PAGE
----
NHL locks its doors

NHL locks its doors
September 16, 2012, 3:55 am
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Adam Oates has a new office and a new coaching staff but no players to coach.

George McPhee has a perch above the Capitals' practice rink, but no hockey to watch.

When the clock struck 12 Saturday night and Sept. 15 slipped into Sept. 16, the NHLs Collective Bargaining Agreement expired and a work stoppage became official.

The leagues second lockout in eight years came quietly late Saturday night, without an announcement from NHL commissioner Gary Bettman; without a statement from NHL players association executive director Donald Fehr.

Until the leagues 30 owners and 700-plus players can agree on how to divide an estimated 3.3 billion in annual revenue, players will be locked out of team facilities and the tedious process of cancellations will begin.

First to go will be all NHL rookie camps, originally scheduled to begin on Monday. Next will be the start of training camps, originally set for Sept. 21, followed by preseason games slated to begin on Sept. 23. And, unless there is significant progress in talks between Bettman and Fehr, the Oct. 11 start of the regular season is in serious jeopardy.

Nobody ever wants to see a lockout, Caps veteran right wing Joel Ward said. It doesnt matter what kind of work you do.

Its hard because we waited all summer to get back in the swing of things and build off the positives of last year. Guys were looking forward to get back and it just sucks we wont be able to get a chance to play.

Few in the Caps organization were looking more forward to the 2012-13 season than Adam Oates, who is anxious to begin his first year behind the Washington bench along with assistants Tim Hunter and Calle Johansson.

Im frustrated because obviously I want to start coaching, Oates said. But its part of life. The union issue is the same with everybody. When it happens Ill get my chance.

The players are being locked out by the owners because they rejected a proposal in which their share of league revenue would be sliced from 57 percent to 49 percent, a figure that would be reduced to 47 percent in the final year of the NHLs six-year proposal.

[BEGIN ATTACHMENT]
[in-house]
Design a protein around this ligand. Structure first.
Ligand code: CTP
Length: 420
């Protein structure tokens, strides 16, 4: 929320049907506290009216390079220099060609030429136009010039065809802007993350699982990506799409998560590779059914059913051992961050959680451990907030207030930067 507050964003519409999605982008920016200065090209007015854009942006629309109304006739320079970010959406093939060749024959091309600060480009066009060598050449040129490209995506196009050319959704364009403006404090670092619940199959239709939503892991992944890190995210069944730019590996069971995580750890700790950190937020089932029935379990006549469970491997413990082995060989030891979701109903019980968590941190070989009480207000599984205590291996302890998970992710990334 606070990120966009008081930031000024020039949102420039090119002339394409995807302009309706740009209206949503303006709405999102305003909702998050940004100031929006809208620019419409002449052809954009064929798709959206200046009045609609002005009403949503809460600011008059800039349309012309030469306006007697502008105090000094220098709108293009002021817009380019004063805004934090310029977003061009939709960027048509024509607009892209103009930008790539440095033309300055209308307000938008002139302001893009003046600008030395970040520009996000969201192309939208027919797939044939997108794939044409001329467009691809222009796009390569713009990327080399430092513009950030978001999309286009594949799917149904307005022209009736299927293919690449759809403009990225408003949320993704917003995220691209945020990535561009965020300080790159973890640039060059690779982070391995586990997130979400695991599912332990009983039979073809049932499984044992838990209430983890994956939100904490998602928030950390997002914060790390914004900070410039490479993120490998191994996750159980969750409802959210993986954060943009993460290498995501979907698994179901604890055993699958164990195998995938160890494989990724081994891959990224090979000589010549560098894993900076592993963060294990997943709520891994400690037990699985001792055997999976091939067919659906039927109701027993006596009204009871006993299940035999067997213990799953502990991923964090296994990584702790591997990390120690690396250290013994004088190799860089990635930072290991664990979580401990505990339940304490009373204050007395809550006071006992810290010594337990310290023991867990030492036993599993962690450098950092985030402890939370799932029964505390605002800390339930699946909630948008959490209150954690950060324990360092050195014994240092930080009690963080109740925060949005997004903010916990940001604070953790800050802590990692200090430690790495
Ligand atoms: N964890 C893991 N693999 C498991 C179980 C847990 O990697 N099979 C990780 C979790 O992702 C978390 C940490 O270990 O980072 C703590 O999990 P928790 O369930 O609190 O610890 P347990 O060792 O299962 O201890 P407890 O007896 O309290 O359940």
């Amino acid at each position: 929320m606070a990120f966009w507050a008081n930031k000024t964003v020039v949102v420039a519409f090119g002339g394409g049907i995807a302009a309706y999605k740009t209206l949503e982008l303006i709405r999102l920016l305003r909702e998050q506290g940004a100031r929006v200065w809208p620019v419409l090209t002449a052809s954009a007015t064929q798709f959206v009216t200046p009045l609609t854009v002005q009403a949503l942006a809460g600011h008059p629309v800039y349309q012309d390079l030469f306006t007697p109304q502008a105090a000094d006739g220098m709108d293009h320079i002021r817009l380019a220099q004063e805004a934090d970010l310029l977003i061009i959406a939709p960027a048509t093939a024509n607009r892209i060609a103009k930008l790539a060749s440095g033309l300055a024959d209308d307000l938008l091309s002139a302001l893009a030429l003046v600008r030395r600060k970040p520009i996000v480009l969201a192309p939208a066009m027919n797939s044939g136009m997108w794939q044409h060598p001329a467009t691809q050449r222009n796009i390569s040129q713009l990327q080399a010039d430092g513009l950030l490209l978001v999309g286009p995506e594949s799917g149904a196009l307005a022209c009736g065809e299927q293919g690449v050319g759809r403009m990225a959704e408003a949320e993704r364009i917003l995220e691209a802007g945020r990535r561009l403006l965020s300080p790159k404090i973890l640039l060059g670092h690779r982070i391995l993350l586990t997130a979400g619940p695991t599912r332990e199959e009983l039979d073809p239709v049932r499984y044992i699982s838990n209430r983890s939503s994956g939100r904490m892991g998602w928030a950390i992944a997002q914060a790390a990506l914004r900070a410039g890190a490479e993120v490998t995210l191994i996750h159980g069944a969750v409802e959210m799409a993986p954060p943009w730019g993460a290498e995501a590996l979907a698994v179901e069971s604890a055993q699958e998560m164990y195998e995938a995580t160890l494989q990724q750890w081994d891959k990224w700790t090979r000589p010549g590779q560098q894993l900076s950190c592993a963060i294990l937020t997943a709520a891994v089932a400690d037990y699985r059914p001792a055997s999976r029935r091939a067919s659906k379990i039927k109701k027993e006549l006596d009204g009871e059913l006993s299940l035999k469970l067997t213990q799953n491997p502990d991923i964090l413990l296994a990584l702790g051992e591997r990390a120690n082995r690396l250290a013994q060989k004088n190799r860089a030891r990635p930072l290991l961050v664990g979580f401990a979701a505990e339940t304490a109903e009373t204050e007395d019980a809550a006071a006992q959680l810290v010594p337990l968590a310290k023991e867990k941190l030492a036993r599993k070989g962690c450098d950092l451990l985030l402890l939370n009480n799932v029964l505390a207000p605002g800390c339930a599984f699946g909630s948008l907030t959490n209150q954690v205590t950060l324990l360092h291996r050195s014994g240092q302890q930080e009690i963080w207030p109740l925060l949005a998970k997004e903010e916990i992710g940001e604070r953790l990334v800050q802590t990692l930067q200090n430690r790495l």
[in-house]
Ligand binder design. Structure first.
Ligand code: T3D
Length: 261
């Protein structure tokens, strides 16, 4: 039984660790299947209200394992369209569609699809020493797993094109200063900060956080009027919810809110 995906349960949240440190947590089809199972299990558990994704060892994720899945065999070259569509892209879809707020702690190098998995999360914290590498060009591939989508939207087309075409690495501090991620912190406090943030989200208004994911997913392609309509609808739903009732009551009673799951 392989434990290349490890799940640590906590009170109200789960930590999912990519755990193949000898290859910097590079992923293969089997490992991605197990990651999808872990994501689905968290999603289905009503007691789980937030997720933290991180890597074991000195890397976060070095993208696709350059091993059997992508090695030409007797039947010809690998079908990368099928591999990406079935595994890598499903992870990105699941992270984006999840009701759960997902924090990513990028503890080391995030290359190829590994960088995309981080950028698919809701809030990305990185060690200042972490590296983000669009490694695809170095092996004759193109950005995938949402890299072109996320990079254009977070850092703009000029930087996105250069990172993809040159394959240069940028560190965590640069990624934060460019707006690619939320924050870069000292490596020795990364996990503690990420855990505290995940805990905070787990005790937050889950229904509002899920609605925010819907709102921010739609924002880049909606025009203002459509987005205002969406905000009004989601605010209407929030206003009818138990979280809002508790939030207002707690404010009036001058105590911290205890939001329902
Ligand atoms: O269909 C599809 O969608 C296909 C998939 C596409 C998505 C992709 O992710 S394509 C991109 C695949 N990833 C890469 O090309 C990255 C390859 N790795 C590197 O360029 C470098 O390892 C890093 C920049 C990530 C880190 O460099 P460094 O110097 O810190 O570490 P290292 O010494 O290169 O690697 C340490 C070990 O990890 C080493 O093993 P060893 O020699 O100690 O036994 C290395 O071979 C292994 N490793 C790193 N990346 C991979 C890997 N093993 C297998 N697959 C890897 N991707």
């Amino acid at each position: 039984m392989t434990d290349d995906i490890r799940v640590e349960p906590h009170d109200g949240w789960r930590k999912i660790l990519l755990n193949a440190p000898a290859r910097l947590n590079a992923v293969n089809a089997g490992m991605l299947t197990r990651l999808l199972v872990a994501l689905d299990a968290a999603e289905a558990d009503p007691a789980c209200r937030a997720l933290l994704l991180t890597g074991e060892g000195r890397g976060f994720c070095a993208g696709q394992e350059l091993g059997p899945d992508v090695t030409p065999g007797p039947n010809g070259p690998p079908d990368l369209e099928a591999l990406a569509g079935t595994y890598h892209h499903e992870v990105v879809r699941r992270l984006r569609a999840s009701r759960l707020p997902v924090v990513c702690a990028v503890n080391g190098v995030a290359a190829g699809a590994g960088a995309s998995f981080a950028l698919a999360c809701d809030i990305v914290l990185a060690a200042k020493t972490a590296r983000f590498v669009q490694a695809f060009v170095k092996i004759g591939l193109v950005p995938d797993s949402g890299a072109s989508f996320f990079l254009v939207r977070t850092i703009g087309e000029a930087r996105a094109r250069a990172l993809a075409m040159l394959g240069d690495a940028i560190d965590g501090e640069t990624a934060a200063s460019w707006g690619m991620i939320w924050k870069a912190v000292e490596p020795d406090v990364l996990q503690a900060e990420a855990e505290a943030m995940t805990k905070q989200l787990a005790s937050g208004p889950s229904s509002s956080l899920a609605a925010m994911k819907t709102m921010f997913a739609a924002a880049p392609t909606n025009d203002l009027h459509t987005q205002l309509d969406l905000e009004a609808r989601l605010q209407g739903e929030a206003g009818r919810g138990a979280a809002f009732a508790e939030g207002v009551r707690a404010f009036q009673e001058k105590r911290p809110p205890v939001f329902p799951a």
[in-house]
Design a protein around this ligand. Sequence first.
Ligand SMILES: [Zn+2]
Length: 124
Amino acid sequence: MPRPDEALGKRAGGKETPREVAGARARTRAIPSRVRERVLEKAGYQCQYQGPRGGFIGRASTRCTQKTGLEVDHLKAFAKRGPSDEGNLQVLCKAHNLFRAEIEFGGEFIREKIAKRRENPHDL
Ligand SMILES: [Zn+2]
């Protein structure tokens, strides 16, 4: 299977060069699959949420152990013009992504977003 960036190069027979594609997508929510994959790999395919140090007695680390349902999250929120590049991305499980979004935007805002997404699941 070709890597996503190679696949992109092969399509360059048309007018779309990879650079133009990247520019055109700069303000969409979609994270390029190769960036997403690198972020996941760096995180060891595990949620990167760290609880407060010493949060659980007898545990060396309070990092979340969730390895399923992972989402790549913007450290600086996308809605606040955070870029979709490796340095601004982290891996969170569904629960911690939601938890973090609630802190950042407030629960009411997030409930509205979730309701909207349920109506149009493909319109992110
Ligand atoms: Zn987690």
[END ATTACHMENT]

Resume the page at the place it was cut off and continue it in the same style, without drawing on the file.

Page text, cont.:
The players most recent proposal called for salary increases of 2 percent, 4 percent and 6 percent in the first three years and featured no salary rollbacks.

Capitals defenseman John Carlson was among the nearly 300 NHL players in New York Wednesday and Thursday to meet with Fehr and show a united front.

The number of people that showed up should tell you something -- that were together and how much we care, Carlson said.

You look around and you see guys you battled against in the playoffs. It doesnt matter at this point. Its cool to see that guys you might hate youre on the same side now and were all trying to do the same thing.

Several players, including Capitals captain Alex Ovechkin, have said they will begin playing in Europe as soon as this week and many are making preparations for a long lockout, saving paychecks from last season and relying on stipends from the union.

If they go out for another year I think it will be a big impact because some of these guys, like the Russians, are going to go home and find out they can really make good money there, said Fred Welker, a Capitals season ticket holder for 23 years.

The Stanley Cup is a big thing, dont get me wrong. But money talks.

Jean Williams of Owens Mills, Md., is concerned that if the NHL lockout drags on for several months, the fans that were cultivated after the last lockout of 2004-05 may never return.

Its a lose-lose for everybody, he said. The fans, the players, the league. I think people will go other places. I think people will find it hard to forgive.